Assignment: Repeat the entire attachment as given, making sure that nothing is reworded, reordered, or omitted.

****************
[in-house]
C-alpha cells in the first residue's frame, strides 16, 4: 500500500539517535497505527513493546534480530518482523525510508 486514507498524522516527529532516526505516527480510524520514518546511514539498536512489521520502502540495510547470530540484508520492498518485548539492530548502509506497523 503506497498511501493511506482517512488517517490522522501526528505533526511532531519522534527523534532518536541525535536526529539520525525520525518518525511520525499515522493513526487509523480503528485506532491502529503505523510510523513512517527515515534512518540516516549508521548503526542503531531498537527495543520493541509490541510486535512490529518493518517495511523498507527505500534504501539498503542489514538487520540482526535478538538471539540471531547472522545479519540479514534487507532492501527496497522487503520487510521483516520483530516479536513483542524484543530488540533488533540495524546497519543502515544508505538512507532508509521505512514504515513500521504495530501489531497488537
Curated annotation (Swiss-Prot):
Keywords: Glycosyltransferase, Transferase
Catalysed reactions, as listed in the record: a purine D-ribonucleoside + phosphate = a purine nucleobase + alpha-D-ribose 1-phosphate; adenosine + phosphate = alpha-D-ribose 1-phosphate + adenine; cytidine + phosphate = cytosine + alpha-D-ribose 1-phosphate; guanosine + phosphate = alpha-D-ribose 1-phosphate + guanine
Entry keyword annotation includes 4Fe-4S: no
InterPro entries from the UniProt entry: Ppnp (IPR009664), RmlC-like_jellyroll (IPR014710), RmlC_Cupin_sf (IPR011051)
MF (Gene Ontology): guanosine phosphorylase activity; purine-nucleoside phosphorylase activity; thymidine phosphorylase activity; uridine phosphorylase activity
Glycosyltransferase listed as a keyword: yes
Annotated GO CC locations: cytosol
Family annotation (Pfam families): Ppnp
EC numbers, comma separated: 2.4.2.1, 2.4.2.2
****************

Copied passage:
[in-house]
C-alpha cells in the first residue's frame, strides 16, 4: 500500500539517535497505527513493546534480530518482523525510508 486514507498524522516527529532516526505516527480510524520514518546511514539498536512489521520502502540495510547470530540484508520492498518485548539492530548502509506497523 503506497498511501493511506482517512488517517490522522501526528505533526511532531519522534527523534532518536541525535536526529539520525525520525518518525511520525499515522493513526487509523480503528485506532491502529503505523510510523513512517527515515534512518540516516549508521548503526542503531531498537527495543520493541509490541510486535512490529518493518517495511523498507527505500534504501539498503542489514538487520540482526535478538538471539540471531547472522545479519540479514534487507532492501527496497522487503520487510521483516520483530516479536513483542524484543530488540533488533540495524546497519543502515544508505538512507532508509521505512514504515513500521504495530501489531497488537
Curated annotation (Swiss-Prot):
Keywords: Glycosyltransferase, Transferase
Catalysed reactions, as listed in the record: a purine D-ribonucleoside + phosphate = a purine nucleobase + alpha-D-ribose 1-phosphate; adenosine + phosphate = alpha-D-ribose 1-phosphate + adenine; cytidine + phosphate = cytosine + alpha-D-ribose 1-phosphate; guanosine + phosphate = alpha-D-ribose 1-phosphate + guanine
Entry keyword annotation includes 4Fe-4S: no
InterPro entries from the UniProt entry: Ppnp (IPR009664), RmlC-like_jellyroll (IPR014710), RmlC_Cupin_sf (IPR011051)
MF (Gene Ontology): guanosine phosphorylase activity; purine-nucleoside phosphorylase activity; thymidine phosphorylase activity; uridine phosphorylase activity
Glycosyltransferase listed as a keyword: yes
Annotated GO CC locations: cytosol
Family annotation (Pfam families): Ppnp
EC numbers, comma separated: 2.4.2.1, 2.4.2.2